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Identical twins with opposite characters

So here’s the Big Question: how could identical twins have such different personalities when they share identical genes and upbringings?

Medical science is beginning to uncover evidence that it is possible for identical twins to inherit different personality traits from both parents. In fact it’s even suggested that the reason that a zygote splits, is precisely because there are two such conflicting personality genes churning around in there. It’s as if nature says – whoops – this isn’t going to work in one person, lets split it off into two people.

Just to give a medical heads up for those who are interested, this happens through a process of epigenetics where genes are switched on or off in the zygote and this process continues when it splits – or half splits – into two foetuses in utero.

There’s also a theory that identical twins need to develop different character traits as a survival mechanism. When they grow up and are faced with, say, a life threatening flash flood, one will be more likely to run and the other to scramble up a tree. Which increases the likelihood that at least one will survive.

Now having different personalities isn’t really a problem with identical twins who can lead their own separate lives. But when, as in 1 in 200,000 cases, the zygote fails to split completely, it poses a big problem for the resulting twins. One is like mum and one is like dad but if mum and dad don’t get on occasionally, they can stamp a foot and walk out to stew in another room.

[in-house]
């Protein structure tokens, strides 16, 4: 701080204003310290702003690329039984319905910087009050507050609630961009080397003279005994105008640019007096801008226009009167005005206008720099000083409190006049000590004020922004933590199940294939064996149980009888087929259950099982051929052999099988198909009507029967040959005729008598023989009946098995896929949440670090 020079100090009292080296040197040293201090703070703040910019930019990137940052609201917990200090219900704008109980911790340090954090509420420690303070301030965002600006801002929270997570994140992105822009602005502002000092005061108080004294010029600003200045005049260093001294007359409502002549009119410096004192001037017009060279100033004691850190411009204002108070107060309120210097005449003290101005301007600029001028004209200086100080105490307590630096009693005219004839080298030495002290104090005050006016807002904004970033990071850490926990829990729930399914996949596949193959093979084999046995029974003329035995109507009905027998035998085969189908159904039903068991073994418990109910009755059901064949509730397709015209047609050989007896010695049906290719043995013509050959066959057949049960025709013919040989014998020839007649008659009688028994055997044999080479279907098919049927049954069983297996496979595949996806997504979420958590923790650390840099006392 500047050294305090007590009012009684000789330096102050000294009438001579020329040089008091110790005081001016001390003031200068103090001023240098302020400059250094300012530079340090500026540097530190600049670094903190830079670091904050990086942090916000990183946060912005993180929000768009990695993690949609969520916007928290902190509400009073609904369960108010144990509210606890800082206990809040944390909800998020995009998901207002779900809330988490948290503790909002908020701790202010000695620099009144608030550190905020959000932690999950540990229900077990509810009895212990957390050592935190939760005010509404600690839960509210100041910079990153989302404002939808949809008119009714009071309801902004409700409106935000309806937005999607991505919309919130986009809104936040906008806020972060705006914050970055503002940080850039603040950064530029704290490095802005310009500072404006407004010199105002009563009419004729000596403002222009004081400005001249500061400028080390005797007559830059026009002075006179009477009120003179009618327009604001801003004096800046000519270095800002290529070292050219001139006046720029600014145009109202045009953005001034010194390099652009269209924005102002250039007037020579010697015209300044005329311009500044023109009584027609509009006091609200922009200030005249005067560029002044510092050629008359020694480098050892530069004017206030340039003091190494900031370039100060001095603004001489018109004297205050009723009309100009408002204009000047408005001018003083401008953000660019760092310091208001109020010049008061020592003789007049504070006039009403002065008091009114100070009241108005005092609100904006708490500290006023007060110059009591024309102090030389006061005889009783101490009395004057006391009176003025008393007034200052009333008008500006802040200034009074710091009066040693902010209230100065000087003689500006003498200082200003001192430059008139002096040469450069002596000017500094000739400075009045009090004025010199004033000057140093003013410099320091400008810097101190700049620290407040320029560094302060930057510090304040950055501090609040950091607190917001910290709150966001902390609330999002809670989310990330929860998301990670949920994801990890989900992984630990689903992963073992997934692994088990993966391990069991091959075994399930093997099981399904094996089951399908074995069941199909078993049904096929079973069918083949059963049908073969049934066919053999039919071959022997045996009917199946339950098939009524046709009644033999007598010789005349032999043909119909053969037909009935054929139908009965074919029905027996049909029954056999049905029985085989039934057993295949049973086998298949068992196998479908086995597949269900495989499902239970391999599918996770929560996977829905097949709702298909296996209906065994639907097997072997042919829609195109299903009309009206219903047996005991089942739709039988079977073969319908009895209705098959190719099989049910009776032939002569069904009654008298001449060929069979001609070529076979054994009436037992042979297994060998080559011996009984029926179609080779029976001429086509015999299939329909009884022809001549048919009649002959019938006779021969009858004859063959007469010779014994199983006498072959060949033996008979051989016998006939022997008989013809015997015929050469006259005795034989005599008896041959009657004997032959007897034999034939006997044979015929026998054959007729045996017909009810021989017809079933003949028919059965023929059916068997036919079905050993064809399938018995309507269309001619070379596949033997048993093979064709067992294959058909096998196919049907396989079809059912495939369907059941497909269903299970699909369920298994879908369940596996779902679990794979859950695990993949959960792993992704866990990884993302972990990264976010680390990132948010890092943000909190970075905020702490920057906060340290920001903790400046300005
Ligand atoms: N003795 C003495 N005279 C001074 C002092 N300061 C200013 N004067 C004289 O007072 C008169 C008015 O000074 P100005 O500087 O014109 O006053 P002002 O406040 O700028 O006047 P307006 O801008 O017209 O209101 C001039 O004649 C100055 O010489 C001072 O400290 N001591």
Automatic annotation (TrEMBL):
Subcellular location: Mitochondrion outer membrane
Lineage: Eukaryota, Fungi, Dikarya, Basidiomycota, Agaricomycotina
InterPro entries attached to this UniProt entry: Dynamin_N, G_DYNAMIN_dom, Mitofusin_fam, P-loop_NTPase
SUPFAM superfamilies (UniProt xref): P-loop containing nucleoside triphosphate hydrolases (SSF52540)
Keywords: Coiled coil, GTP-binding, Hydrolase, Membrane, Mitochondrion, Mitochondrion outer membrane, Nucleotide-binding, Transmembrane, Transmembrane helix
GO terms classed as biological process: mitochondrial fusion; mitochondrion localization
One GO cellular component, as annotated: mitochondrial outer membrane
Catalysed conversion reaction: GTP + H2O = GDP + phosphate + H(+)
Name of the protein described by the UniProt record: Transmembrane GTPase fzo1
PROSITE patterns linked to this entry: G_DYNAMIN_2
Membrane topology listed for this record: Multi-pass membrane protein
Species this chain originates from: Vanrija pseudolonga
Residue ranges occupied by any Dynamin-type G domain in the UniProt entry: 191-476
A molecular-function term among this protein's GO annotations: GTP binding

Not so conjoined twins. Iranian twins Ladan and Laleh Bijani were 29 when they decided they would rather risk death than keep on living together as two such different people. They underwent highly risky separation surgery and both died. Riba and George Schappell (George was born a woman but later chose to be a man) cope by having different professions and zoning out one by one to let the other live their own life. They even drape a blanket over one while the other lives her life.

The situation with Masha and Dasha was made worse because they were taken from their mother and placed in a cot in a laboratory for the first six years of their lives. Deprived of a primary carer and medically abused by the scientists they both suffered from childhood attachment (or abandonment) disorder.

This can go one of two ways.

If you have dominant genes, you will develop narcissistic/sociopathic/psychopathic tendencies which are all on the same spectrum of a behavioural disorder.

If you’re genes a little fluffier then you are more likely to be an empath or co-dependent. Interestingly there aren’t so many snappy words for someone at the other end of the spectrum. Except ‘victim.’

But neither are to blame. Yes, the empath tends to come off worse and suffer more. But both the psychopath and the empath have the same hole in their souls. They have a false self instead of a true self. They were never given the rich soil and nurturing to put down roots and grow into a strong tree.

Instead the psycopath is a person unable to love but desperately needing to be loved (because he or she never experienced it) and the empath is someone who loves too much and desperately longs to be loved in return (because he or she never experienced it.)

Masha became the psychopath and Dasha the empath.

A terrible Devil’s tango.

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